Hot Tin Roof: Handgun

By Todd Case

Megan slept in the bassinet. She was three weeks old. Guffey marveled at the slight rise and fall of his daughter’s chest, and the way she smelled so sweet. He pulled the cotton baby blanket down to reveal her face. Joanie’s mother had sent them that blanket and about two-hundred dollars’ worth of baby items: diapers, formula and toys. It made him think just a little bit more of the woman. He studied Megan’s features; he couldn’t understand how others could recognize him or anyone else in that tiny face. She was beautiful and for the first time ever he felt the power of some direction in his life. He studied her hands, the tiny bones and fingernails, like the small fan shells he and Joanie had picked up off a northern California coast last year. He had worked the night shift at a local canning factory and he remembered what it was like coming home every morning smelling like fish. But everything was different now, he thought, everything was better.

Joanie had gone out to the van to look for the cigarettes. He’d smoked the last one but he didn’t bother telling her. It would just make her mad. The baby’s eyelids fluttered and her body gave a jerk.  Guffey wondered, could you dream without words, or was she capable of remembering somehow where she’d spent the last nine months? He tucked the blanket under Megan’s body and bit his nails.

He heard the hammer of the van engine—a bad rod—as Joanie pulled out of the Capri Motel parking lot. She was on her way to the Coastal Mart for more Camels. He didn’t like her smoking so much in the motel, not now with Megan. Guffey felt claustrophobic when he was hemmed in by the wall-to-wall smoke. He tried to step outside to smoke or did it in the van when he went for diapers and formula.

They’d only been in Iowa two weeks, and Guffey wondered how much longer the money would hold out. They were down to three hundred eight dollars and that wasn’t going to last forever. But it was better than Colorado. When he’d gotten a postcard from a friend saying that Iowa had jobs, he and Joanie picked up and moved everything that would fit into the old Econoline—the tent, the Coleman stove, sleeping bags, clothing, sci-fi books, Guffy’s carpentry tools—and they hit I-80 at one o’clock on a Saturday morning. Driving at night was the best: You could pop four or five white cross and drive forever, happy, and the lights from oncoming cars and the small towns were vivid and inviting. Why hadn’t they just up and left long ago, he’d wondered as they crossed Nebraska—leave that shitty one-bedroom apartment and all the roach-infested furniture for the new tenants. He was tired of owning garbage, couches propped up on bricks, shirts and jeans with stains that would never come out, cars that had just enough go left in them to get you miles from home before the transmission fell out or the radiator leaked.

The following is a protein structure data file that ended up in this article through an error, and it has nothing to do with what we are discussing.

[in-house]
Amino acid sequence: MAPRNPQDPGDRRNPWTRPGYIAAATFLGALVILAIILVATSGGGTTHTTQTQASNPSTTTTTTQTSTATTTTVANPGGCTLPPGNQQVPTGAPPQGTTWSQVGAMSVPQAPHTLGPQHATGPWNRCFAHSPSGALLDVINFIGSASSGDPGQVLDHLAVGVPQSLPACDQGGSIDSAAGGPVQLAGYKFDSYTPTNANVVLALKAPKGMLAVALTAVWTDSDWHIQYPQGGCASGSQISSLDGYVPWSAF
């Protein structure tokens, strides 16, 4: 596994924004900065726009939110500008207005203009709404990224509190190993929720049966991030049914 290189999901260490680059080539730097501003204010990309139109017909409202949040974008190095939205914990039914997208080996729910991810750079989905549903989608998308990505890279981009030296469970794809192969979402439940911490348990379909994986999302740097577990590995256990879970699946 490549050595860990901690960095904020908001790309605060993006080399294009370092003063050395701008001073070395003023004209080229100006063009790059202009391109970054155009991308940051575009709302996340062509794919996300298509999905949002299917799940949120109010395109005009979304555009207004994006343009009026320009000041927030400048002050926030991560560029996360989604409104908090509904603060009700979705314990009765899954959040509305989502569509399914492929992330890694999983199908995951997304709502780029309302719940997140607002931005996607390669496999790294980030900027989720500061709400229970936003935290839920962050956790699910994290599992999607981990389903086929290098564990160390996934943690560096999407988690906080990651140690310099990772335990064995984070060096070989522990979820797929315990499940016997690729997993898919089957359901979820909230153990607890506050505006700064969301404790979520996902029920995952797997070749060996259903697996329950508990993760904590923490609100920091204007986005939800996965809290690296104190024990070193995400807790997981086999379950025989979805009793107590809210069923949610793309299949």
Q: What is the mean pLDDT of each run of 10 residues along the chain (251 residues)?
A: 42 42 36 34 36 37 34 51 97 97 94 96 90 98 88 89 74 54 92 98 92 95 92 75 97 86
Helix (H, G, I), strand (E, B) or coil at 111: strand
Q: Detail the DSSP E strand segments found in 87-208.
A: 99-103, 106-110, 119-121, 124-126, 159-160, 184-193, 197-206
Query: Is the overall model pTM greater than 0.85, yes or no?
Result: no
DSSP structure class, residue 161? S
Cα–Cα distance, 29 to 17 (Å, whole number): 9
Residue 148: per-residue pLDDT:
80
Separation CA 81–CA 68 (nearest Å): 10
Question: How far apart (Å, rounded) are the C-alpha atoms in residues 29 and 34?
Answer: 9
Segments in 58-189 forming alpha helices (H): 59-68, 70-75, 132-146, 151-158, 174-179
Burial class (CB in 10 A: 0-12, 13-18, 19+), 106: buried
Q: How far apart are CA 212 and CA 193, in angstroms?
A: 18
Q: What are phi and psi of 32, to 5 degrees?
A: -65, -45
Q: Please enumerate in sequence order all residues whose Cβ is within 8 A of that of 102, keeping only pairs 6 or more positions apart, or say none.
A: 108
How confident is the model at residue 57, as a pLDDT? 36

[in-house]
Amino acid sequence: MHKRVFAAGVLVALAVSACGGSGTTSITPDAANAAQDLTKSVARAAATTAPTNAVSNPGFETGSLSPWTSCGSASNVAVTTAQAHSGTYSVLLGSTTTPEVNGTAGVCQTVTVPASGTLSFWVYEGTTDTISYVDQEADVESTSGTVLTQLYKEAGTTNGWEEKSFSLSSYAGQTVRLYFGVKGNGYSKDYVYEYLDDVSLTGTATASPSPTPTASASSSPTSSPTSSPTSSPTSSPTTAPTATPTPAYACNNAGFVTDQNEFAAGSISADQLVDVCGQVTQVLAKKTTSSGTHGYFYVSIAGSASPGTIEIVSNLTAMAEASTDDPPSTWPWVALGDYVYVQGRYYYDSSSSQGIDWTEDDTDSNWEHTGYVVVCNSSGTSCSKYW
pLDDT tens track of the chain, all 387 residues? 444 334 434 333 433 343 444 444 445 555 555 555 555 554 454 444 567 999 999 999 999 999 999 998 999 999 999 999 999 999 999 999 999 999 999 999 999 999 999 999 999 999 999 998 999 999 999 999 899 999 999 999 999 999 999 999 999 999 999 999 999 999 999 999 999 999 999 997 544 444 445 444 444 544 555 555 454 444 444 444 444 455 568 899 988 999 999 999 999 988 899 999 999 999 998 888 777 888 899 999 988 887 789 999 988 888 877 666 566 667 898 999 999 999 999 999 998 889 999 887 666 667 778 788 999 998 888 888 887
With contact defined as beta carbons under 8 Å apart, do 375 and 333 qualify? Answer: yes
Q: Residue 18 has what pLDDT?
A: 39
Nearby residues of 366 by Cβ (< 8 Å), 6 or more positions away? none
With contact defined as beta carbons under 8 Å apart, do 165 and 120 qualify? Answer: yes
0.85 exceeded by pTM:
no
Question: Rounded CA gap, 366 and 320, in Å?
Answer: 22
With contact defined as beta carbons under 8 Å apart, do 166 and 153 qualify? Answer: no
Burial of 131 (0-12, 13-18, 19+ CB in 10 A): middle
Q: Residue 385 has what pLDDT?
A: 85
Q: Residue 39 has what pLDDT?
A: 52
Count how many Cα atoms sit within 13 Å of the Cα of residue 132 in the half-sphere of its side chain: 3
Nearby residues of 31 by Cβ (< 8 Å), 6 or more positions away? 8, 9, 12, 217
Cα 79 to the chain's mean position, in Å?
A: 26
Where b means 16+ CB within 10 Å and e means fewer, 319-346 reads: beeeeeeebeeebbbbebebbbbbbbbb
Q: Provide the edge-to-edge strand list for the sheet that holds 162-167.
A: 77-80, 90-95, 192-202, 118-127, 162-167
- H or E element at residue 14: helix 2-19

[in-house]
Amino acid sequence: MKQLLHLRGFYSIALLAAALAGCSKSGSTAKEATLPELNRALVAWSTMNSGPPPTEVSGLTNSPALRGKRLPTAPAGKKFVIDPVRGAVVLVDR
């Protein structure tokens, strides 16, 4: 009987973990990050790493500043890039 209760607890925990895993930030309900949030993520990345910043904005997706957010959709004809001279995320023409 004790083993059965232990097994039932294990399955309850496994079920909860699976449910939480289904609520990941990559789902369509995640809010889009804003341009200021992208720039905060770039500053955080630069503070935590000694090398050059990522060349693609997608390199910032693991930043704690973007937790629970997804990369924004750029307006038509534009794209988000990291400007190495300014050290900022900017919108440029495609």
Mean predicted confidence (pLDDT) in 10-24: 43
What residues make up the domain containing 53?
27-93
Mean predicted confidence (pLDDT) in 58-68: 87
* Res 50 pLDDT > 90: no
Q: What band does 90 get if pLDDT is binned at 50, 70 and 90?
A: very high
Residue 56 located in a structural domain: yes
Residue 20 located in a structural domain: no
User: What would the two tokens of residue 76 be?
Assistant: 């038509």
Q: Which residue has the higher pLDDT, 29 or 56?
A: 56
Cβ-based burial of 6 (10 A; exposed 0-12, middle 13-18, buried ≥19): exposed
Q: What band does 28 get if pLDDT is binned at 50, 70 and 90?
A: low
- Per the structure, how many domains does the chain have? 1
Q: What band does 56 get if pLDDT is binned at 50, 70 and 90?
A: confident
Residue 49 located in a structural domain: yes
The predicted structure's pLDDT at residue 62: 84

He took the plastic lid off the Styrofoam cup of the free motel coffee. Why did coffee always taste so good in the morning? There was something about the ritual of it all, grinding the beans when you could, waiting for it to percolate. It made him feel connected to something, or equal to somebody. The rich need their coffee as much as the poor. He surveyed the room as he sipped his coffee. The Capri would do for now. They could wait it out for another week or so until he found a carpentry job. He’d dig holes for a while if he had to, pour concrete or tie steel.

The handgun sat on the table next to the bassinet. It was a .45. Guffey marveled at how much bigger the slug was than his baby girl’s fingers. Joanie had bought the gun for him last Christmas. He’d bought her a microwave. He liked the feel of this gun in his hand. It was power, too, but of a different sort. You could blow it all away with a gun this big. You could end up in jail. You could end up in the grave. You could even end up rich, lots of money somewhere down in Mexico, or some place you’d only seen on TV. Guffey had only been as far south as Kansas. He liked the sound of the word Mexico, the way those gardeners in Colorado had said it, the way it rolled off their tongues, like the name of a car, like Cordoba or Corolla.

Guffey pulled the clip out of the gun. The slugs were golden and made Megan’s skin look pale. He heard the van rattle into the assigned parking space out front. Megan began to stir. He snapped the clip back into the gun and set the safety. He was lucky, he thought to himself, to have this baby, to be someone’s father.

Todd Case is a local real estate agent.

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